The past year has been a period of significant change for equity trading as a result of MiFID II and all the structural changes it has introduced. Whether it be from the increased scrutiny over operating procedures through enhanced Best Execution requirements, the introduction of new venue types or changes to the trader’s workflow through increased automation and the use of new tools, all of these have changed the accepted norms and challenged the conventional thinking on what works and what doesn’t.
Therefore, how do we cut through the often conflicting sources of information and data to really see the wood for the trees and understand what’s working and what isn’t?
Why is it important to review?
Before we dive headlong into the analysis, we should understand why it is important to do this analysis, because as is often the case with formidable challenges, it might seem easier to assume everything is fine and to therefore move on to less challenging tasks.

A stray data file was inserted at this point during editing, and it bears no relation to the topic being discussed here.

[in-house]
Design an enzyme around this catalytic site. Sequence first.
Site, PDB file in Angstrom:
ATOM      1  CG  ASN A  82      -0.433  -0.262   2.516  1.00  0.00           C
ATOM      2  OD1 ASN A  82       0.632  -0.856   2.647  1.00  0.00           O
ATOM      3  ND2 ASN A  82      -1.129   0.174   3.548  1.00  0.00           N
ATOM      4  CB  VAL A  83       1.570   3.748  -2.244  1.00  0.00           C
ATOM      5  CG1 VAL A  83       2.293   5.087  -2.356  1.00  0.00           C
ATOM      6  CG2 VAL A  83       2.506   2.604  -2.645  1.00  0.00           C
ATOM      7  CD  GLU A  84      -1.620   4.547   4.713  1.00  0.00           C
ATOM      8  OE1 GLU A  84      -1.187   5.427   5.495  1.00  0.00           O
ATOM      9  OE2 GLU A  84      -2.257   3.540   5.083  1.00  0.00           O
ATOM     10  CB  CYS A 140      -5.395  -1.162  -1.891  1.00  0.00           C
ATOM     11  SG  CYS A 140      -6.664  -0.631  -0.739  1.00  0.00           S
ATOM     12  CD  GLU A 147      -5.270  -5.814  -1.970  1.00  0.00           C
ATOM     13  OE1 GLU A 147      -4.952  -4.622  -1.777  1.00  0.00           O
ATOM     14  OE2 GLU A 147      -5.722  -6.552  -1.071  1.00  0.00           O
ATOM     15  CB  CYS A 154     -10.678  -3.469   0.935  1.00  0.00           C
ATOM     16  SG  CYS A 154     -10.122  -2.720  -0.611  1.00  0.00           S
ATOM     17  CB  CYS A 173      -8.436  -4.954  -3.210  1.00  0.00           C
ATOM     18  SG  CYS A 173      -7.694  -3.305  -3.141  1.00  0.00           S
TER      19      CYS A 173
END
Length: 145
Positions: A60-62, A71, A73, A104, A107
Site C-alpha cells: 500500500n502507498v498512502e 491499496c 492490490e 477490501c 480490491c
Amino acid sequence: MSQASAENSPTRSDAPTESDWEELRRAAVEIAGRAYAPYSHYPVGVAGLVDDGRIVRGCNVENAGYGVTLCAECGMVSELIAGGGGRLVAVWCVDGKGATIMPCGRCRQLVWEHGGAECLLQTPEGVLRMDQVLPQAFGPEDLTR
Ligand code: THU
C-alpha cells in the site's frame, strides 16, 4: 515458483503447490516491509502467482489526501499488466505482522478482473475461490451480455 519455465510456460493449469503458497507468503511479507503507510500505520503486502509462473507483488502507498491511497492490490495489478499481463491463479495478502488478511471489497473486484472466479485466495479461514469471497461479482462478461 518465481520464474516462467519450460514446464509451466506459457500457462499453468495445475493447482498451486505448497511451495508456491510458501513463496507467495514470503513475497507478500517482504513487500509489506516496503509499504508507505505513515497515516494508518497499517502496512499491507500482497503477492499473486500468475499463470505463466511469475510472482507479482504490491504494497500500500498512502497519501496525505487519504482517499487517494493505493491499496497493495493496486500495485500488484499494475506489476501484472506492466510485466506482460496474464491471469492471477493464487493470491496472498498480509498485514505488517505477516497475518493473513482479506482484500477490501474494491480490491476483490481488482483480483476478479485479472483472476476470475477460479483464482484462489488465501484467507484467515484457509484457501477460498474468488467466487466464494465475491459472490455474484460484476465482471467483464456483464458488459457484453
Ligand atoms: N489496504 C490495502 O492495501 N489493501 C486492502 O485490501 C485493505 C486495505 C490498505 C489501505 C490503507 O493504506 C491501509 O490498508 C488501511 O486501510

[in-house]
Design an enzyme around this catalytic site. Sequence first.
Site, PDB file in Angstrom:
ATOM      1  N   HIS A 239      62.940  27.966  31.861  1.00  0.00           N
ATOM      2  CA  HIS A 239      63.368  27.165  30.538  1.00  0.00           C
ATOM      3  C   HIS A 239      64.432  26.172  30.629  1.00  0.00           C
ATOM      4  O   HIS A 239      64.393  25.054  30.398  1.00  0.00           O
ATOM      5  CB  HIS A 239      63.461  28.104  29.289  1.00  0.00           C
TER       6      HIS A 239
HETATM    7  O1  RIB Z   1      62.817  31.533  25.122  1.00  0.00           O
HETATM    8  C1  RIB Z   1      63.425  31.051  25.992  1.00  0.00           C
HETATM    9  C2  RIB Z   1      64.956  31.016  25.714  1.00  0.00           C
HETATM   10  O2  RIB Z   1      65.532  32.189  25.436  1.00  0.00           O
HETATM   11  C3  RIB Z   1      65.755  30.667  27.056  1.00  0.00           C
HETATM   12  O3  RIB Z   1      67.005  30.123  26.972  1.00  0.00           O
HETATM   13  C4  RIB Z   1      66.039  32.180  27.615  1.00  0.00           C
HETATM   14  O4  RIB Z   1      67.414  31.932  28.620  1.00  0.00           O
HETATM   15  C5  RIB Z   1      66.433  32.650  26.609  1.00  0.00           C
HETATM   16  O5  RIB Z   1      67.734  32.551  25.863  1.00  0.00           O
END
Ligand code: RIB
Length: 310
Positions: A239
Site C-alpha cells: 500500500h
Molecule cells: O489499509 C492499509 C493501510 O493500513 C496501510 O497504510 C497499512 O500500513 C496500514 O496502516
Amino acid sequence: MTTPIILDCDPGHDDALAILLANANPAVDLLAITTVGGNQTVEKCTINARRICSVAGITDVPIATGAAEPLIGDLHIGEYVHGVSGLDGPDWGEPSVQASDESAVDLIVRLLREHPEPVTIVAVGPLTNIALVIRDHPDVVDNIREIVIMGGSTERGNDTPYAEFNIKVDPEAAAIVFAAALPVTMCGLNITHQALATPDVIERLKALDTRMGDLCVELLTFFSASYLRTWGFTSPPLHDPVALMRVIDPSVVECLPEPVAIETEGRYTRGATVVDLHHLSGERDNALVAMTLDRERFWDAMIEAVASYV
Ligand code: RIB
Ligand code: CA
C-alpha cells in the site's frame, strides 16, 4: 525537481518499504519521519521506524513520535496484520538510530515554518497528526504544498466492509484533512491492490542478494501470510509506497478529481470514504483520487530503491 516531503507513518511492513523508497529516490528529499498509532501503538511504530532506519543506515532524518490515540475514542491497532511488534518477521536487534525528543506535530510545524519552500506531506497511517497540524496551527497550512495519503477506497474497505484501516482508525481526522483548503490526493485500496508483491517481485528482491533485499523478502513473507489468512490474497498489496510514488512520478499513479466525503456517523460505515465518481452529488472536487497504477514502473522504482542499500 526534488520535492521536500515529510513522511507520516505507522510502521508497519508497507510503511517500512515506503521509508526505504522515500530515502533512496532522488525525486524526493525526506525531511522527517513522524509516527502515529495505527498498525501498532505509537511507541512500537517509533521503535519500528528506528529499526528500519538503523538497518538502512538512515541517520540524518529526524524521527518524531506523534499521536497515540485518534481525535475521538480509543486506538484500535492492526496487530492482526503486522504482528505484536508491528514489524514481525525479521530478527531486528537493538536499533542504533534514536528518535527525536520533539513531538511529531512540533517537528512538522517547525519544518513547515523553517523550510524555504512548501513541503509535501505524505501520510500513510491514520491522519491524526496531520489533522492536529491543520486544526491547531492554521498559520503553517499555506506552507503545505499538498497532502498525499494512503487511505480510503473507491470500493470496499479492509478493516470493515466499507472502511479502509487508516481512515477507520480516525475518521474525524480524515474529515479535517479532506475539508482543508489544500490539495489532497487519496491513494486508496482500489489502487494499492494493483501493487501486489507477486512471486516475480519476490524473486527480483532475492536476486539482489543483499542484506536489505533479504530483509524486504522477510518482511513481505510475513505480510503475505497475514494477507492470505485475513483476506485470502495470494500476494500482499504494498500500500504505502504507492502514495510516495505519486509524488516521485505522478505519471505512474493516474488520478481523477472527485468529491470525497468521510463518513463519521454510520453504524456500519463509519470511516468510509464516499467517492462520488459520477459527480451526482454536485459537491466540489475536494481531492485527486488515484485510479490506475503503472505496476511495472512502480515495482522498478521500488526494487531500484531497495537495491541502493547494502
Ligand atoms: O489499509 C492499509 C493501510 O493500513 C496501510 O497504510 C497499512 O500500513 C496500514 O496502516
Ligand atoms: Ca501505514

MiFID II extended the requirements of firms to demonstrate Best Execution by ensuring firms monitor their execution counterparties and fully understand their operating procedures. Further to this, the FCA were clear in stating that trading desks should know how their traders are interacting with the market, particularly through algorithmic trading.
To fulfil these requirements, firms should have a very clear framework for the continual evaluation of counterparties that leads to decisions being made on who those counterparties are. This should be completely independent of any other potentially conflicting decisions, such as research provider selection.
A framework for evaluation